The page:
Getting Things Done by David Allen

getting things done“In today’s world, yesterday’s methods just don’t work. In Getting Things Done, veteran coach and management consultant David Allen shares the breakthrough methods for stress-free performance that he has introduced to tens of thousands of people across the country. Allen’s premise is simple: our productivity is directly proportional to our ability to relax. Only when our minds are clear and our thoughts are organized can we achieve effective productivity and unleash our creative potential. In Getting Things Done Allen shows how to: apply the “”do it, delegate it, defer it, drop it”” rule to get your in-box to empty; reassess goals and stay focused in changing situations; plan projects as well as get them unstuck; overcome feelings of confusion, anxiety, and being overwhelmed; and feel fine about what you’re not doing. From core principles to proven tricks, Getting Things Done can transform the way you work, showing you how to pick up the pace without wearing yourself down.” – Summary

The Artist’s Way: A Spiritual Path to Higher Creativity by Julia Cameron

artists way“The Artist’s Way is the seminal book on the subject of creativity. An international bestseller, millions of readers have found it to be an invaluable guide to living the artist’s life. Still as vital today — or perhaps even more so — than it was when it was first published one decade ago, it is a powerfully provocative and inspiring work. In a new introduction to the book, Julia Cameron reflects upon the impact of The Artist’s Way and describes the work she has done during the last decade and the new insights into the creative process that she has gained.” – Summary

A Walk in the Woods: Rediscovering America on the Appalachian Trail by Bill Bryson

a walk in the woodsStretching from Georgia to Maine, the Appalachian Trail offers some of America’s most breathtaking scenery. After living for many years in England, Bill Bryson moved back to the United States and decided to reacquaint himself with his country by taking to this uninterrupted “hiker’s highway.” Before long, Bryson and his infamous walking companion, Stephen Katz, are stocking up on insulated long johns, noodles and manuals for avoiding bear attacks as they prepare to set off on a walk that is both amusingly ill-conceived and surprisingly adventurous. John Muir, Henry David Thoreau, and Peter Jenkins never took a hike like this. A Walk in the Woods showcases Bryson at the height of his comic powers. Meeting up with characters such as Beulah and her fearsome husband, “Bubba T. Flubba,” readers risk snakebite and hantavirus to trudge through swollen rivers, traipse up mountainsteps, and develop a new reverence for cream sodas and hot showers. But Bryson also uses his acute powers of observation to conjure a poignant backdrop of silent forests and sparkling lakes, thereby making a gentle but unforgettable plea for the ecological treasures we are in danger of losing. Fresh, illuminating, and uproariously funny, A Walk in the Woods is travel writing at its very best.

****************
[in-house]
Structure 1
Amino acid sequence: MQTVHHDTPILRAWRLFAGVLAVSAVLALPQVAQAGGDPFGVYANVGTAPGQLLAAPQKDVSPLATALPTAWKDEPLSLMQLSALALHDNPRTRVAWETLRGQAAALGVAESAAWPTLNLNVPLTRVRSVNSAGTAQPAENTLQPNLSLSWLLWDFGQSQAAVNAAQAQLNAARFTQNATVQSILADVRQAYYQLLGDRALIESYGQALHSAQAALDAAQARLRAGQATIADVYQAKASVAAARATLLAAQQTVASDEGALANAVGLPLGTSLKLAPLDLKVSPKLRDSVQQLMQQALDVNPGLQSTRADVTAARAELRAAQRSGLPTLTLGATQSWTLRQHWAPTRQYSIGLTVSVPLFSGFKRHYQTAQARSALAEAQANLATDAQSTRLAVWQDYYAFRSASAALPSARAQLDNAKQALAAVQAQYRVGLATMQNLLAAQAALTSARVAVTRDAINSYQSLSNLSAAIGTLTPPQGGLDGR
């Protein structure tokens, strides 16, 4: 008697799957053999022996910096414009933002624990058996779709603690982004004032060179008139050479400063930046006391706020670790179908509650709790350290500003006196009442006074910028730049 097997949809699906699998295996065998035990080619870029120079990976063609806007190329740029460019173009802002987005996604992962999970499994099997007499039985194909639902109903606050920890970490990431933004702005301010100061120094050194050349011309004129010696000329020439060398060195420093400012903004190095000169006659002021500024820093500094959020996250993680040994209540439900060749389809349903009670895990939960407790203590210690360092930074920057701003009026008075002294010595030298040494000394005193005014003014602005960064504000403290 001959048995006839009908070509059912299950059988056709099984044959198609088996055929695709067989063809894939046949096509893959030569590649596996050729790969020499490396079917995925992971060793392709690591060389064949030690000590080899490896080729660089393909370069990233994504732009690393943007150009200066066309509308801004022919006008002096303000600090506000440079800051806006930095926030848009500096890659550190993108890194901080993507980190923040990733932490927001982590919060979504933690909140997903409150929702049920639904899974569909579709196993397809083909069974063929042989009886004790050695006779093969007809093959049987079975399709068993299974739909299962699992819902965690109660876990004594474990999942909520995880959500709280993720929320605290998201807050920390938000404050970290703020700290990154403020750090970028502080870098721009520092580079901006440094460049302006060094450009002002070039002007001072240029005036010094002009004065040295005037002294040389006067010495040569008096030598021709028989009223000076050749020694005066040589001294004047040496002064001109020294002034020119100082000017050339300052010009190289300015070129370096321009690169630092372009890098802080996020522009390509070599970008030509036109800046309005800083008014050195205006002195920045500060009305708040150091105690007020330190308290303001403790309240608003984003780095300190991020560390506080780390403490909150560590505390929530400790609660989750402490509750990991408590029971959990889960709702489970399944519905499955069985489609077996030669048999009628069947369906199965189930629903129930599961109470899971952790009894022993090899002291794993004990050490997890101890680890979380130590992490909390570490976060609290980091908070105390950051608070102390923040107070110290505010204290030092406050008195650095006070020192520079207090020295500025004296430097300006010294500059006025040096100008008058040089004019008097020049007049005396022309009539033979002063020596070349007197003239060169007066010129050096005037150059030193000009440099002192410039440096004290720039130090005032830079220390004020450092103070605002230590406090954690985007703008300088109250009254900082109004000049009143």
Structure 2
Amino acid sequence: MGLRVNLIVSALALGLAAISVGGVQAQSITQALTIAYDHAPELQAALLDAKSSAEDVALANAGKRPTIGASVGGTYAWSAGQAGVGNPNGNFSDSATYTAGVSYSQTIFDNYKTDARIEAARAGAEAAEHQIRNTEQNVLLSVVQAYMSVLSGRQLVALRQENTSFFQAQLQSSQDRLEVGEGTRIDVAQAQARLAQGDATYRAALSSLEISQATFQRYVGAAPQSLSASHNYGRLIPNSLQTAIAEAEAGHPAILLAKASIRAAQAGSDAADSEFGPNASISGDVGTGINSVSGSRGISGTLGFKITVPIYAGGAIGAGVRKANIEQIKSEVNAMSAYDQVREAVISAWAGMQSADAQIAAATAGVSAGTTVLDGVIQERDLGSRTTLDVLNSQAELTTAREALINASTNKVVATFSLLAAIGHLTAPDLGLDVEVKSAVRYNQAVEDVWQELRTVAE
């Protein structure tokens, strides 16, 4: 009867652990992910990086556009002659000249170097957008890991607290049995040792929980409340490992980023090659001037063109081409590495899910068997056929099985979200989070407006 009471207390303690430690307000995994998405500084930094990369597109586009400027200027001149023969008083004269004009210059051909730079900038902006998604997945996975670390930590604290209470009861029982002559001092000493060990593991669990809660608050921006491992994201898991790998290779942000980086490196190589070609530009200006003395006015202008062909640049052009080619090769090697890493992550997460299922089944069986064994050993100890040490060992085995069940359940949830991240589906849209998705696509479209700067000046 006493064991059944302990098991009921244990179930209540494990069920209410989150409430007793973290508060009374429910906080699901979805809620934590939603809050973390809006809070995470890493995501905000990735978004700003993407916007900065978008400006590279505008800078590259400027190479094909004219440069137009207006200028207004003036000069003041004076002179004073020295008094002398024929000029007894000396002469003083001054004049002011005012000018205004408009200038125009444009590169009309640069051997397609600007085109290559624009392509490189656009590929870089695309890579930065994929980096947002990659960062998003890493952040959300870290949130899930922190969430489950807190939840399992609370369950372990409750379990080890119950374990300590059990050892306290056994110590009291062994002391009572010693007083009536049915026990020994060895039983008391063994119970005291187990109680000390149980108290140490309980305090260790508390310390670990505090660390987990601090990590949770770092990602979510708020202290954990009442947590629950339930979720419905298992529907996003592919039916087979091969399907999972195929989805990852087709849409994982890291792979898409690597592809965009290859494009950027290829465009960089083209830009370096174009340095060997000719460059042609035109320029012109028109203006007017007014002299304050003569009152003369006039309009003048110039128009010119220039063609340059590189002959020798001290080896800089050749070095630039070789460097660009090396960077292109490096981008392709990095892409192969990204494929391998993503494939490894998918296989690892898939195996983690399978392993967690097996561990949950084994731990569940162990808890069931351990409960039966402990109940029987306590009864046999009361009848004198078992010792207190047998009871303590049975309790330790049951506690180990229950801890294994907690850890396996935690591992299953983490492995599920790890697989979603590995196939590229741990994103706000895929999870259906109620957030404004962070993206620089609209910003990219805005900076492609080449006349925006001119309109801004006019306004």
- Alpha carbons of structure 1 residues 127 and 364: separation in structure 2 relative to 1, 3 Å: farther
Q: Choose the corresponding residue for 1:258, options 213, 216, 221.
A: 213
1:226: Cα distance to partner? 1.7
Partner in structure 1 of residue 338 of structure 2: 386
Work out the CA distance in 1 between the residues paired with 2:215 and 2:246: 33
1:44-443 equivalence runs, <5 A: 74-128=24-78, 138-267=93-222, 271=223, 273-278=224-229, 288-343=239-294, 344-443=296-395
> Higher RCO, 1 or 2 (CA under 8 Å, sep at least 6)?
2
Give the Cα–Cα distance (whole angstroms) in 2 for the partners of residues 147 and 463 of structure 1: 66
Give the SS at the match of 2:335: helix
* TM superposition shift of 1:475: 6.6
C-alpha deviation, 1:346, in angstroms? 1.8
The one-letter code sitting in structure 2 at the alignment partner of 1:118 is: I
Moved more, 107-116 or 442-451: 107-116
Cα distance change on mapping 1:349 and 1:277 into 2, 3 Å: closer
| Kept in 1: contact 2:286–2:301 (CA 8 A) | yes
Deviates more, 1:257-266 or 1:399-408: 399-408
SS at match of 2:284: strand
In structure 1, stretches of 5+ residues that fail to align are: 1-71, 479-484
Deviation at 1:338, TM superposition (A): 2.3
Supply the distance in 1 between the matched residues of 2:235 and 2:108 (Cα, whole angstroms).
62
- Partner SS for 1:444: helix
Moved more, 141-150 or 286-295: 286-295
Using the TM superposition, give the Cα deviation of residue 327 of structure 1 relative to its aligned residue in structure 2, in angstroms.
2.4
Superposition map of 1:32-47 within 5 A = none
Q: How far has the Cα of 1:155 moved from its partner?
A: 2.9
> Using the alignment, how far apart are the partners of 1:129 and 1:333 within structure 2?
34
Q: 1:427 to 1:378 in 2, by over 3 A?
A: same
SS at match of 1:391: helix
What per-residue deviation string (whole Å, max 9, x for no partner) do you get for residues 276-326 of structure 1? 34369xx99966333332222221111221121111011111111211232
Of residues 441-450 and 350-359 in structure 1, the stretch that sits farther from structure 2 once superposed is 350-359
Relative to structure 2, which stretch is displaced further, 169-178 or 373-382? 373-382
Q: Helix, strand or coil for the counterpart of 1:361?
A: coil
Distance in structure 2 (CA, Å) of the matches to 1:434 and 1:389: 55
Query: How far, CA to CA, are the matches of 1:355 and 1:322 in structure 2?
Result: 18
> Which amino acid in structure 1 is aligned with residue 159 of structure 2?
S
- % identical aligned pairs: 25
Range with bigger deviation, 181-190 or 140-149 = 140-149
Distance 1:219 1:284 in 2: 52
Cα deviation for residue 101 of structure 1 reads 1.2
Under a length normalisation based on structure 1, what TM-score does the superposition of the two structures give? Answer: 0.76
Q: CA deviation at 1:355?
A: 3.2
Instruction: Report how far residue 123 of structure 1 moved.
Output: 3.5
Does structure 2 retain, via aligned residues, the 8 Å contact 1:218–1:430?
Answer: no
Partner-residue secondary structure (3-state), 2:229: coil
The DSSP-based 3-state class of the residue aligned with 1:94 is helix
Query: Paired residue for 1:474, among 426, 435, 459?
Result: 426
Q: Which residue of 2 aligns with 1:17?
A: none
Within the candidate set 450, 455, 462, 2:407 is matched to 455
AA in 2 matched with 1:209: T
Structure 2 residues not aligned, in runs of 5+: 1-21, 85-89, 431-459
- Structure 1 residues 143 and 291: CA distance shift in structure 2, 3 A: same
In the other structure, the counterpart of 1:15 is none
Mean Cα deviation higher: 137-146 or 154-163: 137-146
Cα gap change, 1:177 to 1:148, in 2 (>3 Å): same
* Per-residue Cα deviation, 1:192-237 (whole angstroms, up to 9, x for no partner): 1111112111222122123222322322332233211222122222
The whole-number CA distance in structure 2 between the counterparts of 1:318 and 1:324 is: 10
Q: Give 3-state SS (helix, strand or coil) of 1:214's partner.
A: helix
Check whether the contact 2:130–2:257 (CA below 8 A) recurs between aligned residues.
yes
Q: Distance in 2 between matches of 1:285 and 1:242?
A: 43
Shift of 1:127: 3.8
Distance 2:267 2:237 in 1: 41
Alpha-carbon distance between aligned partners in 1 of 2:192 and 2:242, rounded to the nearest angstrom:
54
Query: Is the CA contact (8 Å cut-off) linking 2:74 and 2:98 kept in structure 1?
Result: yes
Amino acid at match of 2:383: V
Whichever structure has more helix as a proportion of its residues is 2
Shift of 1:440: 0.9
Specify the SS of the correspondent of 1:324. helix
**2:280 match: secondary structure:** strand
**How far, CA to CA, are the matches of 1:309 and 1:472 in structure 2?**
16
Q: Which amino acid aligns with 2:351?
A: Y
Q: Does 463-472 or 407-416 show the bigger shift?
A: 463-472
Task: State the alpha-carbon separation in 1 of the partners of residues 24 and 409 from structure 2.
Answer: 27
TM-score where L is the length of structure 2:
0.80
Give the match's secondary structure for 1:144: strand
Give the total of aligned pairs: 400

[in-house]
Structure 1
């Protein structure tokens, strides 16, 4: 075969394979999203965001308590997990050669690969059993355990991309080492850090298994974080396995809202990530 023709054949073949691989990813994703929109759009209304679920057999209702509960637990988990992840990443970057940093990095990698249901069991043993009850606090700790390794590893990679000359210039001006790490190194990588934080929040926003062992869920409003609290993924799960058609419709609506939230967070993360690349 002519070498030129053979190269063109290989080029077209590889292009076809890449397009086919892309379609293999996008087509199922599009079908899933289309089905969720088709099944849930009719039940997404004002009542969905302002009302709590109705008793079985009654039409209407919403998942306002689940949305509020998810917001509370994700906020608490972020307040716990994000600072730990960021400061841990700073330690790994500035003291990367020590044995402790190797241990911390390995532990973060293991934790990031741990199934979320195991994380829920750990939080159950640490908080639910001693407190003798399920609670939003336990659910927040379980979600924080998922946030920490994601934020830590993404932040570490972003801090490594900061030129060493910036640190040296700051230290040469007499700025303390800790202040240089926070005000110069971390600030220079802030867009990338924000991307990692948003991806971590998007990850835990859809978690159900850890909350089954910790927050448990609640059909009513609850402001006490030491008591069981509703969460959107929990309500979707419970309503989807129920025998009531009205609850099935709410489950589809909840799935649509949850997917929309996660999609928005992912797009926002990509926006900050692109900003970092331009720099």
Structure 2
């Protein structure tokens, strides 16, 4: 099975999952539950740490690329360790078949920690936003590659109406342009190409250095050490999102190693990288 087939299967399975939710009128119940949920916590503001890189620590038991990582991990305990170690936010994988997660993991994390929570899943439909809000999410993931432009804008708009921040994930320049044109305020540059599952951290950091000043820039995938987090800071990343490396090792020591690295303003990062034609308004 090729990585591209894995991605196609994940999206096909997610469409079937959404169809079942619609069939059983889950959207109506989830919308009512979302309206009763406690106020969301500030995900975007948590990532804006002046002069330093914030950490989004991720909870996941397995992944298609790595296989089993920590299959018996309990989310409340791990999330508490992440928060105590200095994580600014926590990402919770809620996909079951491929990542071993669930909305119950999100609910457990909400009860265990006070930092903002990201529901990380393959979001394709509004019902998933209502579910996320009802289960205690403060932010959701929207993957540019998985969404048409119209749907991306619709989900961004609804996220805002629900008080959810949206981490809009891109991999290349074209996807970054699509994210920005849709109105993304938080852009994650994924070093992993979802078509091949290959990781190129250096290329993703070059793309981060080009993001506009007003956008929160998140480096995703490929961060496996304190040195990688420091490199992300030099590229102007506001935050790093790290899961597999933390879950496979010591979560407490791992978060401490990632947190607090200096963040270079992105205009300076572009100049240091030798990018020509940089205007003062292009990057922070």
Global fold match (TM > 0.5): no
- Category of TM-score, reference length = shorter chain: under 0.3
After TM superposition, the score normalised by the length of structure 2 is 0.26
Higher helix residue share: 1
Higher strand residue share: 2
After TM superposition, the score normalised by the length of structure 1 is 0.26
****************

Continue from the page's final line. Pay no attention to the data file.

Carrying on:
The Power of Now by Eckhart Tolle

the power of nowMuch more than simple principles and platitudes, The Power of Now takes readers on an inspiring spiritual journey to find their true and deepest self and reach the ultimate in personal growth and spirituality: the discovery of truth and light. In the first chapter, Tolle introduces readers to enlightenment and its natural enemy, the mind. He awakens readers to their role as a creator of pain and shows them how to have a pain-free identity by living fully in the present. The journey is thrilling, and along the way, the author shows how to connect to the indestructible essence of our Being, “the eternal, ever-present One Life beyond the myriad forms of life that are subject to birth and death.” Only after regaining awareness of Being, liberated from Mind and intensely in the Now, is there Enlightenment.

This is How by Augusten Burroughs

this is howIf you’re fat and fail every diet, if you’re thin but can’t get thin enough, if you lose your job, if your child dies, if you are diagnosed with cancer, if you always end up with exactly the wrong kind of person, if you always end up alone, if you can’t get over the past, if your parents are insane and ruining your life, if you really and truly wish you were dead, if you feel like it’s your destiny to be a star, if you believe life has a grudge against you, if you don’t want to have sex with your spouse and don’t know why, if you feel so ashamed, if you’re lost in life. If you have ever wondered, How am I aupposed to survive this?   This is How.